New Zealand economy faces year or more of tepid growth - IMF report
In the final version of its annual report on the country, it said the full effects of the Reserve Bank's (RBNZ) interest rate rises were still working their way through the economy to bring about the necessary slowdown, and overall policy had to remain tight.
"Given the pressing capacity constraints and high and persistent inflation, the monetary and fiscal policy mix must strike a restrictive bias to rebalance the economy - internally and externally," the report said.
But it warned there were dangers if government spending was too high and/or the RBNZ raised interest rates higher to tackle stubborn inflation, adding up to an outlook which was "highly uncertain".
"The environment of tighter domestic financial conditions and higher rates will increase the risk of disorderly conditions in the housing market, which would have significant consequences for household consumption and overall growth and could result in a prolonged or deeper recession."
It estimated growth over 2023/24 would be about 1 percent, but inflation would not return to the 1-3 percent target band until 2025, and it continued to warn about the high current account deficit, which eased to 8.5 percent of GDP in the first quarter, which it said added to the country's vulnerabilities to global shocks.
The IMF also said risks such as the slowing housing market appeared to be contained although the weaker market would weigh on spending and economic growth.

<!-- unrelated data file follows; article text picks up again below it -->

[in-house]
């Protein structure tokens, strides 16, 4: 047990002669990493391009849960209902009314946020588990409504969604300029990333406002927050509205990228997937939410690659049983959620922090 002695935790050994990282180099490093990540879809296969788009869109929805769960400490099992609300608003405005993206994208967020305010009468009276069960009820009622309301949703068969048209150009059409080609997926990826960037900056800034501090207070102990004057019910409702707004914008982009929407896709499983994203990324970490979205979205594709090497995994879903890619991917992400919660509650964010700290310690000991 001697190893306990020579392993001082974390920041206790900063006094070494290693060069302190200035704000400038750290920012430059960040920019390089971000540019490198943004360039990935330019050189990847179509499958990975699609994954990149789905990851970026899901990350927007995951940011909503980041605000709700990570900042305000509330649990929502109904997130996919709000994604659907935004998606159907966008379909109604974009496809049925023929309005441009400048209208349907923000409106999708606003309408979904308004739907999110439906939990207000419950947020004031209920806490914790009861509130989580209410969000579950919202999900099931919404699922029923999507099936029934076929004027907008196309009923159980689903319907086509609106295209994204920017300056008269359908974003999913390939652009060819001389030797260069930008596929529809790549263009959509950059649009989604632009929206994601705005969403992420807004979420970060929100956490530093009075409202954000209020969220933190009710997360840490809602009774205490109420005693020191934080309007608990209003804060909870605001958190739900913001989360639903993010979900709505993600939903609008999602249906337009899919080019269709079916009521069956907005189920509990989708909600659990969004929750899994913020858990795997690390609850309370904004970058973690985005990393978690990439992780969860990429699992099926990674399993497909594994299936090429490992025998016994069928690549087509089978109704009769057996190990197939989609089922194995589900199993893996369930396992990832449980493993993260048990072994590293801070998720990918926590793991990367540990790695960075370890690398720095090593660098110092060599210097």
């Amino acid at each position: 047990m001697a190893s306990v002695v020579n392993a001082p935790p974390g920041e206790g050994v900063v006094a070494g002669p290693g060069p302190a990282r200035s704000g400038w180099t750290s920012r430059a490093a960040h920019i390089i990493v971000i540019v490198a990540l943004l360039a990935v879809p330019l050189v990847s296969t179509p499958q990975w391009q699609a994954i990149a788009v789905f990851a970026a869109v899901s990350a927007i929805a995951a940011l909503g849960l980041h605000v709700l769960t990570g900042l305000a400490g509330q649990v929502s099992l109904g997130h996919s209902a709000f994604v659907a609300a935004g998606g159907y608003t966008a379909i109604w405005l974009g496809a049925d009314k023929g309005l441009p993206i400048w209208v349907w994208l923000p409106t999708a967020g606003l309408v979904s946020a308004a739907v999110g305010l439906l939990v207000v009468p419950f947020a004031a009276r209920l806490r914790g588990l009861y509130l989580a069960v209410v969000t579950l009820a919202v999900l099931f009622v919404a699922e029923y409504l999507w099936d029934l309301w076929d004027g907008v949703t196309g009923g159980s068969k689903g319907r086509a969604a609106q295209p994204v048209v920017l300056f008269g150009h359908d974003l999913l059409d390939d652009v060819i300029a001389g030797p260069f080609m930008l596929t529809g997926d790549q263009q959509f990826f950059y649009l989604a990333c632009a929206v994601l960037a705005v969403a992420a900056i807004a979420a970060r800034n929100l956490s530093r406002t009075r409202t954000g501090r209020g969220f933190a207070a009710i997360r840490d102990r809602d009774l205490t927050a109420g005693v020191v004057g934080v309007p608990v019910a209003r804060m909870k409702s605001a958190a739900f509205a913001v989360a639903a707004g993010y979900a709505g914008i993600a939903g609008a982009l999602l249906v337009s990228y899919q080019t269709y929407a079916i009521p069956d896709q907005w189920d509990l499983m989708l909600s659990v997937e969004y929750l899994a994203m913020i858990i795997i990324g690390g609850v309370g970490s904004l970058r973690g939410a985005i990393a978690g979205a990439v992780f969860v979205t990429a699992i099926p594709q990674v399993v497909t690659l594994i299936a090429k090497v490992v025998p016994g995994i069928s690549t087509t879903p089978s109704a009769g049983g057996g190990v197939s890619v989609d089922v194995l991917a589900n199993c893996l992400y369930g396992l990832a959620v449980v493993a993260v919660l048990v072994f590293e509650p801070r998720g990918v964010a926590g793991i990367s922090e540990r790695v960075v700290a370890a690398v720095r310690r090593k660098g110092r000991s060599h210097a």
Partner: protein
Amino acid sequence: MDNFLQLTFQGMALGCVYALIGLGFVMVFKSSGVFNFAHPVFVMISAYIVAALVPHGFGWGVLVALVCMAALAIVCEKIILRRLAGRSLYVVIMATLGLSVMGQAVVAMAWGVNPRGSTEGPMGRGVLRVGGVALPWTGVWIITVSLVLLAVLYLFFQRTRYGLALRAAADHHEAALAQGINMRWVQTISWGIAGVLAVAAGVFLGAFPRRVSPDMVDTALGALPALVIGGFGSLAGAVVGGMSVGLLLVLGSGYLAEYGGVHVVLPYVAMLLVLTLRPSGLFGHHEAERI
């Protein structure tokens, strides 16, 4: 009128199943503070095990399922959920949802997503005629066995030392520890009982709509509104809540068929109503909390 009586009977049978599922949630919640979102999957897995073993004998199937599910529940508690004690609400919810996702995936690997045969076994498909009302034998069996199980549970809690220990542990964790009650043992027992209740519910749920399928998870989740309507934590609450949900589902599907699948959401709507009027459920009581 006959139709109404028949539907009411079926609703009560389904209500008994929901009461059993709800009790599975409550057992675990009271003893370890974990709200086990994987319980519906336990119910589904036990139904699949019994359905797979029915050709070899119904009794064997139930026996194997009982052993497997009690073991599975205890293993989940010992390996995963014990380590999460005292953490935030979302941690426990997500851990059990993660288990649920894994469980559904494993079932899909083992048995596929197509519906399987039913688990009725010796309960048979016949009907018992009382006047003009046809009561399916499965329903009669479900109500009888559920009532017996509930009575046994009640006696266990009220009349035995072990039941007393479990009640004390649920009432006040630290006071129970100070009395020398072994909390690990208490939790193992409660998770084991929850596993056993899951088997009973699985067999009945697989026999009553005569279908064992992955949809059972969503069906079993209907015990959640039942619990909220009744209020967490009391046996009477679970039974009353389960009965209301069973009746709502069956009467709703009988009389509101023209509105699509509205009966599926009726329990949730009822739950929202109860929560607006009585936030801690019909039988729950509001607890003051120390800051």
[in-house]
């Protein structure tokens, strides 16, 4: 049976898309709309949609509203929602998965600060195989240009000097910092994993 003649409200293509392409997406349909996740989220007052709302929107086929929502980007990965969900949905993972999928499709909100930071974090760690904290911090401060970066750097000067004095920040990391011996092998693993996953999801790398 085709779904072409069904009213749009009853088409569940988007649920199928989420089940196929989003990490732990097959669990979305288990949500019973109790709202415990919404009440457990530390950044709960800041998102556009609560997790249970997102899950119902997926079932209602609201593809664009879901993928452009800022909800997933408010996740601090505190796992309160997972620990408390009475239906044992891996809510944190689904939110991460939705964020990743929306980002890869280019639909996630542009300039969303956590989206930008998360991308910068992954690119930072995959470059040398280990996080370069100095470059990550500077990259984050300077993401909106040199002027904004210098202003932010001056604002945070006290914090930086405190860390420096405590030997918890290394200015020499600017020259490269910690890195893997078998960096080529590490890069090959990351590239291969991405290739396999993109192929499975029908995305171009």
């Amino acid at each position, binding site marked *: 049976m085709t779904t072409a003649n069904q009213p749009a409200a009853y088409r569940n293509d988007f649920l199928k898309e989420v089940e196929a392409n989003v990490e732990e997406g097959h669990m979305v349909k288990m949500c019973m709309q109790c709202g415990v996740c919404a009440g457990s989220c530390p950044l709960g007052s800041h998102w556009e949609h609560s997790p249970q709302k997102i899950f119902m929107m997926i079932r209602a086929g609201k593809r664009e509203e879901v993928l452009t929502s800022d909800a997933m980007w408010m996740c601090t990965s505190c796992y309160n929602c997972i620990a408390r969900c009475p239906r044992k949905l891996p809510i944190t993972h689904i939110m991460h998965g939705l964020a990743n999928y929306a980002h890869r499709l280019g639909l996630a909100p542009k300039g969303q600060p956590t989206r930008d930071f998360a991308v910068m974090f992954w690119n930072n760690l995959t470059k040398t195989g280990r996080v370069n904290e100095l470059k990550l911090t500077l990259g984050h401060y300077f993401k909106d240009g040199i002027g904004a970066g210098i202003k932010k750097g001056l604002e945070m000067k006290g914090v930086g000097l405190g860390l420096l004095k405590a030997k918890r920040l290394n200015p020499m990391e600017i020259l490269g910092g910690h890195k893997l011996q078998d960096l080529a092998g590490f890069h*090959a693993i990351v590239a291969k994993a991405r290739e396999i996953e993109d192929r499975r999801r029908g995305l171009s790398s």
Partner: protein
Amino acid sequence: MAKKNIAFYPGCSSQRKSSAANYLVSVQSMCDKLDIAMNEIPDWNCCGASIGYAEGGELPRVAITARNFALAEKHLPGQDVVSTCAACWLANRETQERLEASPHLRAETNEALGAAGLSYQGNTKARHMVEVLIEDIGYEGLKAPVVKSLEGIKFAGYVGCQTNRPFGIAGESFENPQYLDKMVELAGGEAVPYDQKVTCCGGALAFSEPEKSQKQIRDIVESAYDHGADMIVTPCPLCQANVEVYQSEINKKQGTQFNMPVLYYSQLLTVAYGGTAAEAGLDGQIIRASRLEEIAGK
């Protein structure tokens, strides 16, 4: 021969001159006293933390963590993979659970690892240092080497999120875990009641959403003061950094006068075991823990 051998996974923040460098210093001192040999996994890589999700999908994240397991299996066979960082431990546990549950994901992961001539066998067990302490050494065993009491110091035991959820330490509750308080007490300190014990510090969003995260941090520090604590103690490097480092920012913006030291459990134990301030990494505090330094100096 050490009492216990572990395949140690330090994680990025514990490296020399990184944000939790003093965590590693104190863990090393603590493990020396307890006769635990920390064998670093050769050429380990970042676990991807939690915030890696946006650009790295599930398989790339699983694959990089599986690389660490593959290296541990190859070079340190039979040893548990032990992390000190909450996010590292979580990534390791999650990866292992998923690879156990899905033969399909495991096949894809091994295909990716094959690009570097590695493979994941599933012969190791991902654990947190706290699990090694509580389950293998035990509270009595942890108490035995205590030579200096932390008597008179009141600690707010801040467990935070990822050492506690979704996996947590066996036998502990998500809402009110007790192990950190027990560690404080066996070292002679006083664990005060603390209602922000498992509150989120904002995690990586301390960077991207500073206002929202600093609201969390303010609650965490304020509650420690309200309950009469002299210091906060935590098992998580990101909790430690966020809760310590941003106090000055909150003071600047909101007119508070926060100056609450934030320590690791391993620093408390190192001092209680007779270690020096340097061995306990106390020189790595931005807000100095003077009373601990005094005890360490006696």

But it reaffirmed that housing affordability was a continuing problem, which falling house prices had not improved and needed to be addressed by increased supply of new houses.
The IMF said for the future, the government needed to concentrate on the short-term need of rebuilding after the floods and cyclone, while not adding to the stimulus in the economy.
"Fiscal policy should help address overheating while managing cost pressures and post-cyclone spending needs.
"Over the medium term, a careful balancing and prioritisation is needed to address long-term, structural needs such as closing productivity gaps and investing in climate change-related projects," it said.
The RBNZ was advised to concentrate monetary policy on tackling inflation.
For the longer term, the IMF said targeted government spending would be needed to tackle the challenges of climate change, education, and freeing up the labour market, as well as tax reform including capital gains and land taxes, and a lower company tax rate.
However, the report said the government's financial rules, which set debt limits and government spending targets, gave it sufficient headroom to cope with most shocks.